Five Projects Win Translational Funding to Accelerate Innovation
The Wallace H. Coulter Foundation awarded $850,000 in total seed money to support five new biomedical research projects from Emory University and Georgia Tech with the goal of accelerating the translation of these technological innovations. Translational funding is used to bridge a gap in development between early stage university research and its commercialization.
The Coulter Foundation Translational Fund of the Wallace H. Coulter Department of Biomedical Engineering, provides annual awards to Emory and Georgia Tech research teams working on products with commercial potential that meet a significant unmet or underserved clinical need.
The projects are selected by an award committee composed of Emory doctors, Georgia Tech engineers, industry experts, venture capitalists, entrepreneurs, angel investors and technology transfer experts from each school.
“The award of funds is just the beginning of the program for these teams,” said Shawna Khouri, managing director of the Coulter Translational Fund. “Over the next year, our teams will work together to push these technologies from academia and into start-ups and industry. This marriage of PI (principal investigator) clinical and technical acumen with the industry and start-up experience from my team makes the distinct difference in translational success.”
Of the 60 projects evaluated during the funding cycle, five emerged as this year’s winners:
Antiviral Peptide: a therapeutic peptide, originally harvested from frog secretions, has shown broad-spectrum antiviral activity, including evidence of efficacy against Zika, Dengue serotypes 1-4, and Influenza H1N1, H3N2, H1N2 and H3N1 viruses. Principal Investigator: Joshy Jacobs (Emory).
Biological Pacemaker: a heart pacing treatment for pediatric patients; this RNA and small molecule combination therapy converts cardiomyocytes into pacemaking cells, eliminating the need for an implantable heart-pacing device. Principal investigators: Hee Cheol Cho (Coulter Department at Emory and Georgia Tech/Petit Institute researcher), Jonathan Langberg (Emory), Phil Santangelo (Coulter Department at Emory and Georgia Tech/Petit Institute researcher).
Inhaled GeneRegs: an antisense technology consisting of a topical gold nanoparticle coated with specific deoxyribozymes (DNAzymes), which regulate and silence pro-inflammatory cytokines that cause severe asthma exacerbations. Principal investigators: Cherry Wongtrakool (Emory) and Khalid Salaita (Emory).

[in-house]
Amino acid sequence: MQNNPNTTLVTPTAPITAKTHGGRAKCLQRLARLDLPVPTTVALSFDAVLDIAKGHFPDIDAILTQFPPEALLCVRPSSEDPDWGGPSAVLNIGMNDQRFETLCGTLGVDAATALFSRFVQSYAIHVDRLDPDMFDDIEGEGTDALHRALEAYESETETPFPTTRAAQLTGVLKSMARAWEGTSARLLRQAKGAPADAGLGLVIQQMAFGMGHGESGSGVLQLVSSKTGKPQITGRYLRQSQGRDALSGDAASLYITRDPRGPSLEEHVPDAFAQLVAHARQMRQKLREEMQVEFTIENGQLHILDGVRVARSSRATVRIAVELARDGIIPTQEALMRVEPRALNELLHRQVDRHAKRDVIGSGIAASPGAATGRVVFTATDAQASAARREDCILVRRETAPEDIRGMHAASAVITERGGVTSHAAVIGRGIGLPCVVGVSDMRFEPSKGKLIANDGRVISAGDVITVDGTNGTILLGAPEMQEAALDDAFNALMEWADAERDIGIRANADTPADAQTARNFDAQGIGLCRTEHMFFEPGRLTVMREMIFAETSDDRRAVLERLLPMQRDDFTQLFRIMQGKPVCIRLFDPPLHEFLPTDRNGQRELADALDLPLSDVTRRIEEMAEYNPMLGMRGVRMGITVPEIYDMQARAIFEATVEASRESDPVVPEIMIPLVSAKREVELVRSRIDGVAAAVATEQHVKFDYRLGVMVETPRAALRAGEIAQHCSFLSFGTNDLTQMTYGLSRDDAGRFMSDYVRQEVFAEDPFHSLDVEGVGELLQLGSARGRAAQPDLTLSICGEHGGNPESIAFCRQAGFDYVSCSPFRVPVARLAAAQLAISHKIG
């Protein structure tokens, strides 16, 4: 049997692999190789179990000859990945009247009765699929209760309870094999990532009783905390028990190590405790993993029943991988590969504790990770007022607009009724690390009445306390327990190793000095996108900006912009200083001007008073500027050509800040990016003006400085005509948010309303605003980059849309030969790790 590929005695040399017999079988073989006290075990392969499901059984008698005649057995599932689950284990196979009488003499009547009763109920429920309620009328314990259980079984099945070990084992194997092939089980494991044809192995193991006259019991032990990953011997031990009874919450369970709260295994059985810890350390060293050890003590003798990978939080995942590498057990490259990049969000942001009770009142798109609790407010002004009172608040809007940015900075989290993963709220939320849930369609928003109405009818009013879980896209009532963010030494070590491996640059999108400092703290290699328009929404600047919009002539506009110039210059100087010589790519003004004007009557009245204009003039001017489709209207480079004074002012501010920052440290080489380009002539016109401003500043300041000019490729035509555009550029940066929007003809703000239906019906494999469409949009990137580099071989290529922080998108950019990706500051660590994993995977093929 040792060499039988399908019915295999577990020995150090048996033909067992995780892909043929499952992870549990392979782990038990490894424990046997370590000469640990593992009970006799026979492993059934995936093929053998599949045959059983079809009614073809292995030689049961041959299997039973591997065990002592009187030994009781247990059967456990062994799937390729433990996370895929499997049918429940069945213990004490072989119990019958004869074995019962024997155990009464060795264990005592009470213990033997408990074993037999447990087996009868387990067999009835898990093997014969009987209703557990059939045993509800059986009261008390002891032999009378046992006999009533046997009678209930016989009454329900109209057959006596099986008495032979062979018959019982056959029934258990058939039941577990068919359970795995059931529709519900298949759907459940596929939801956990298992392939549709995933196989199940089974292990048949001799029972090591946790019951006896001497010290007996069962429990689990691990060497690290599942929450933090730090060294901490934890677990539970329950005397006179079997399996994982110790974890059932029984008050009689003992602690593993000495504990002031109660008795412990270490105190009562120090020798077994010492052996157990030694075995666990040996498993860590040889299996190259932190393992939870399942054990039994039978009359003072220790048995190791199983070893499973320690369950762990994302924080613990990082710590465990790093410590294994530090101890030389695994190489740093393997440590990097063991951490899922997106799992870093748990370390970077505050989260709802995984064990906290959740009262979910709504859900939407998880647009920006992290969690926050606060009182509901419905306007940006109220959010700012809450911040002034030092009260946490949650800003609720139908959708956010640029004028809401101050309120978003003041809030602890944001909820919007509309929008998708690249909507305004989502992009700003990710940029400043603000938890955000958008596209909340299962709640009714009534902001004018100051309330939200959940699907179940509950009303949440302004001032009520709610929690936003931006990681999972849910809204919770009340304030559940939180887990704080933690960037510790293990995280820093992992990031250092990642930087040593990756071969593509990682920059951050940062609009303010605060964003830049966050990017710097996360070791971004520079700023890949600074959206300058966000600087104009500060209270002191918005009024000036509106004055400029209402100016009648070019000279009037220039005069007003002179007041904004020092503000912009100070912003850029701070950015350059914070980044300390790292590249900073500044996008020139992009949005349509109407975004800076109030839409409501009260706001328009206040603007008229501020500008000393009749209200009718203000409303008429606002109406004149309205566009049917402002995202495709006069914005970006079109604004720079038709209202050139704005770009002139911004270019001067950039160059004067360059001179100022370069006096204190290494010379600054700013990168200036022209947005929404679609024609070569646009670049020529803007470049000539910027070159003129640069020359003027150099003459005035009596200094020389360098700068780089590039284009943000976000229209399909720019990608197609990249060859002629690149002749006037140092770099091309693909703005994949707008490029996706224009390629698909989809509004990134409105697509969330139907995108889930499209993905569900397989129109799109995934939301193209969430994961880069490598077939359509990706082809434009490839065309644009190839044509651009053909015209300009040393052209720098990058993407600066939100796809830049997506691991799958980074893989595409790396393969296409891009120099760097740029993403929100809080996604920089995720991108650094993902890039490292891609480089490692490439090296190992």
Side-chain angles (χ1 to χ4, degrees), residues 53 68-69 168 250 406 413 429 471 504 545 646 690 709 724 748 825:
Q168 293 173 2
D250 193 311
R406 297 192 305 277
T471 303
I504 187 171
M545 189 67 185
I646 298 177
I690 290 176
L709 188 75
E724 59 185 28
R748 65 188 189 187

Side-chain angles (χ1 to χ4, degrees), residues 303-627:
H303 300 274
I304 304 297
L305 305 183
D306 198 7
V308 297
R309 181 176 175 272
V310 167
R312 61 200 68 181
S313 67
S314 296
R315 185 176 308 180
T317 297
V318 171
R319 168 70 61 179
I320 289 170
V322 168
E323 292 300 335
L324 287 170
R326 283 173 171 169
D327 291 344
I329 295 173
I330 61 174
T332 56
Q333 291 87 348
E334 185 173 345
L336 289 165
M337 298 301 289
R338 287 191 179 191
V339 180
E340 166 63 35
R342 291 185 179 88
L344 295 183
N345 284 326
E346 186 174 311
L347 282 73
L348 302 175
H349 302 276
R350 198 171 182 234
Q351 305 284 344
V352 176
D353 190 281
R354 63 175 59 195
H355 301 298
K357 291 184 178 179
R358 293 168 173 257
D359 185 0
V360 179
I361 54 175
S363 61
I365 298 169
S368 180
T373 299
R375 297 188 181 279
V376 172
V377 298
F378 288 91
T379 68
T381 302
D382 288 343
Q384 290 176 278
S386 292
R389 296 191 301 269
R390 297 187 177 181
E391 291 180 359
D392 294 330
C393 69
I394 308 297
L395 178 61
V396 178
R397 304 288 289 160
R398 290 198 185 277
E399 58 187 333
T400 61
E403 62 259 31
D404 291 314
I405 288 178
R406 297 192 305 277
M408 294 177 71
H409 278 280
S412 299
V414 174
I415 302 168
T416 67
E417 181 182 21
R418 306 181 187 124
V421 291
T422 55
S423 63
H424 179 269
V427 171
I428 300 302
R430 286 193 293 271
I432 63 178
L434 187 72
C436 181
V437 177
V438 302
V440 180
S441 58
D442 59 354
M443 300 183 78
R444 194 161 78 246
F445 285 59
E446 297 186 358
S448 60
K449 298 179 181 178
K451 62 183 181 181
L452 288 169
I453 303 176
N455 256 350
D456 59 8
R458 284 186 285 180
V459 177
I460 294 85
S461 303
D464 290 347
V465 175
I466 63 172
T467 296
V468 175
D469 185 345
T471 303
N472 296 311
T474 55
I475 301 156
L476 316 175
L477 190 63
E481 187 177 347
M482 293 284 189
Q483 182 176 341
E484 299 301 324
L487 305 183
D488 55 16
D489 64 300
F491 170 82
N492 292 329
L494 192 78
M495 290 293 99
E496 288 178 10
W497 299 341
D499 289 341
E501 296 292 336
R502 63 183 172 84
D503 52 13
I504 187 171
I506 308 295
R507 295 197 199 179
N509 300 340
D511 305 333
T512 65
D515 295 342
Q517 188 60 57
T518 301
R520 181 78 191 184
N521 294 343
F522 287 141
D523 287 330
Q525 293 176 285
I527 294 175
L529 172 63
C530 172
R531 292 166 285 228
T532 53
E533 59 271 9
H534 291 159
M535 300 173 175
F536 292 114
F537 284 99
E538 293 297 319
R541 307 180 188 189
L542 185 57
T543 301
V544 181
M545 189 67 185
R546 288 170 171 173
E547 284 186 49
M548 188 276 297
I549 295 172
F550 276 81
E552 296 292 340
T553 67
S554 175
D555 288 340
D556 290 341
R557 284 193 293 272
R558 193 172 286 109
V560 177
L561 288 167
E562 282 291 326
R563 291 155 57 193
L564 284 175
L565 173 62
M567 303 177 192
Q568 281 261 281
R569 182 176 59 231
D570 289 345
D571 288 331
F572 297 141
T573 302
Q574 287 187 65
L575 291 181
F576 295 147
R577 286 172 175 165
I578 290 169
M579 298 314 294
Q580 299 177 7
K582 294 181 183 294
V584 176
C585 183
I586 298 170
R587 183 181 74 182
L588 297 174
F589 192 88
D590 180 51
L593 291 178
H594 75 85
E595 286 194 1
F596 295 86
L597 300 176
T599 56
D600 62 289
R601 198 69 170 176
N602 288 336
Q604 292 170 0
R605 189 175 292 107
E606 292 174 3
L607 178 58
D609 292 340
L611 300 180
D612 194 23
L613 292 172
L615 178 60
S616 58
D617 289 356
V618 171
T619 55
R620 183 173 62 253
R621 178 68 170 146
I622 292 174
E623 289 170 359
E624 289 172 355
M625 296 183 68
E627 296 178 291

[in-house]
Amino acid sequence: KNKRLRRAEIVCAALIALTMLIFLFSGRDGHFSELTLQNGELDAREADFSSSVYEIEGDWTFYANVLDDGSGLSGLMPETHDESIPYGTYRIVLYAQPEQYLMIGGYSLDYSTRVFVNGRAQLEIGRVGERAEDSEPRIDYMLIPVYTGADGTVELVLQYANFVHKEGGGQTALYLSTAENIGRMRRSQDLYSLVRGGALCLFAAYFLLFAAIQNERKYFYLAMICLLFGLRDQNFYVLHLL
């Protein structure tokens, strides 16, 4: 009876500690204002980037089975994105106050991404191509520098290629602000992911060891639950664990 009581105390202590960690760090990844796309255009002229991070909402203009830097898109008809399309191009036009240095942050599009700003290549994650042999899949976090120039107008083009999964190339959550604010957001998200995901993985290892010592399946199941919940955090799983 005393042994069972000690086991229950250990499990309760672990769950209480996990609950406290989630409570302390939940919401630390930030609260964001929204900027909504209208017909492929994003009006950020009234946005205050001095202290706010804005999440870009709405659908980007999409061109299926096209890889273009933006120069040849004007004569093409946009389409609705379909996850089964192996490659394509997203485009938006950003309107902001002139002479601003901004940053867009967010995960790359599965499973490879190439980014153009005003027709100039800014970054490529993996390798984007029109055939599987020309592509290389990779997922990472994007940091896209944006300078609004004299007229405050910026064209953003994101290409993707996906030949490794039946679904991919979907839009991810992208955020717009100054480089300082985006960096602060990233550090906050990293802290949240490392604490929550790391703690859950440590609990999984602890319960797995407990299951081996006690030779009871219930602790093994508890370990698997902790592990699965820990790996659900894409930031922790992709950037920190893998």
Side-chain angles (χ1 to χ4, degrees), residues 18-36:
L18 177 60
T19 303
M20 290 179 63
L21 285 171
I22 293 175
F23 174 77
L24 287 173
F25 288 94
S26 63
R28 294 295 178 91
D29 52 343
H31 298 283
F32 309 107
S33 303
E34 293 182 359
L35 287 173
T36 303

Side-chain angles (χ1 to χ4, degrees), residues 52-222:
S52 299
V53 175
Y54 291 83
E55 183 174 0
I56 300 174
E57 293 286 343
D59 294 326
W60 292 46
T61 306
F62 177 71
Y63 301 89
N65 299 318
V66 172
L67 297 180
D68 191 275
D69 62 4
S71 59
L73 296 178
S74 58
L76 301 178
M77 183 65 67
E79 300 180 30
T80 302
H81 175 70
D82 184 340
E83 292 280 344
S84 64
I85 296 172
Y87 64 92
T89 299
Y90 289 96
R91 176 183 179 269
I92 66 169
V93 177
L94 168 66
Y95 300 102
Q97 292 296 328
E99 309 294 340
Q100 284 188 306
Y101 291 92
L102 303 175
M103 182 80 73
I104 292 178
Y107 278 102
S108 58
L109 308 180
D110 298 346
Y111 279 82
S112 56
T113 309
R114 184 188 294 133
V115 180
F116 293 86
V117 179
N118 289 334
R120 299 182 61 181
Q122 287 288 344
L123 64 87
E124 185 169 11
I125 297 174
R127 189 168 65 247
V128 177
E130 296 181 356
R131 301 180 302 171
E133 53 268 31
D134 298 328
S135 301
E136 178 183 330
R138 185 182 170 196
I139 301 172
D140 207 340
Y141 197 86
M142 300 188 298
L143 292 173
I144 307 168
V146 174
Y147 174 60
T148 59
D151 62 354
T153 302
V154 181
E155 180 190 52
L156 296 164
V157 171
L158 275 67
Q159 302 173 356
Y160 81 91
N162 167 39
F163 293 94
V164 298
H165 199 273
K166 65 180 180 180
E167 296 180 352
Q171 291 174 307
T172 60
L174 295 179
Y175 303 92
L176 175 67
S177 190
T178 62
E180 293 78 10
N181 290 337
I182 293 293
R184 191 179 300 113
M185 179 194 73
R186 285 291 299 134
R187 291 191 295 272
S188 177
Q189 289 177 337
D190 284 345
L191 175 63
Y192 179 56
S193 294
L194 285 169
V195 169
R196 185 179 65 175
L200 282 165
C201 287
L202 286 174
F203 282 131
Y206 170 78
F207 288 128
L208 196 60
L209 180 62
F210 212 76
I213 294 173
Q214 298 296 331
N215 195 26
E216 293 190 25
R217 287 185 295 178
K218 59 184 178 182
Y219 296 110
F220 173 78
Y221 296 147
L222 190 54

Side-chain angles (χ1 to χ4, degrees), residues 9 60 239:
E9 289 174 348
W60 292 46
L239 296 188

Nephrogenic Diabetes Insipidus: a new therapeutic that restores water balance in pediatric patients with nephrogenic diabetes insipidus (NDI), an x-linked genetic disorder that can lead to mental retardation as a result of dehydration. Principal investigators: Janet Klein (Emory) and Jeff Sands (Emory).
Periurethral Targeting Device: a device that will allow direct, controlled placement of bulking agents into the female urethra thereby increasing the efficacy of stress urinary incontinence treatment. Principal Investigators: Niall Galloway (Emory).
The translational research program has fiscal roots in the $25 million grant the Wallace H. Coulter Foundation made to the Georgia Tech-Emory biomedical engineering program in 2001. This gift resulted in the naming of the Wallace H. Coulter Department of Biomedical Engineering, while also targeting $10 million toward the ongoing support of translational research.
“The Coulter Translational Program is a jewel in our crown, providing an individualized training program with an enviable track record in guiding innovative research teams to conquer translation challenges to successfully commercialization”, said Susan Margulies, chair of the Coulter Department, and a Georgia Research Alliance Eminent Scholar in Injury Biomechanics.
Including the Georgia Tech-Emory department, there are 15 universities with similar translational research partnership programs supported by the Coulter Foundation, including Columbia, Duke, Johns Hopkins, and Stanford universities.
Wallace H. Coulter Department of Biomedical Engineering
Georgia Institute of Technology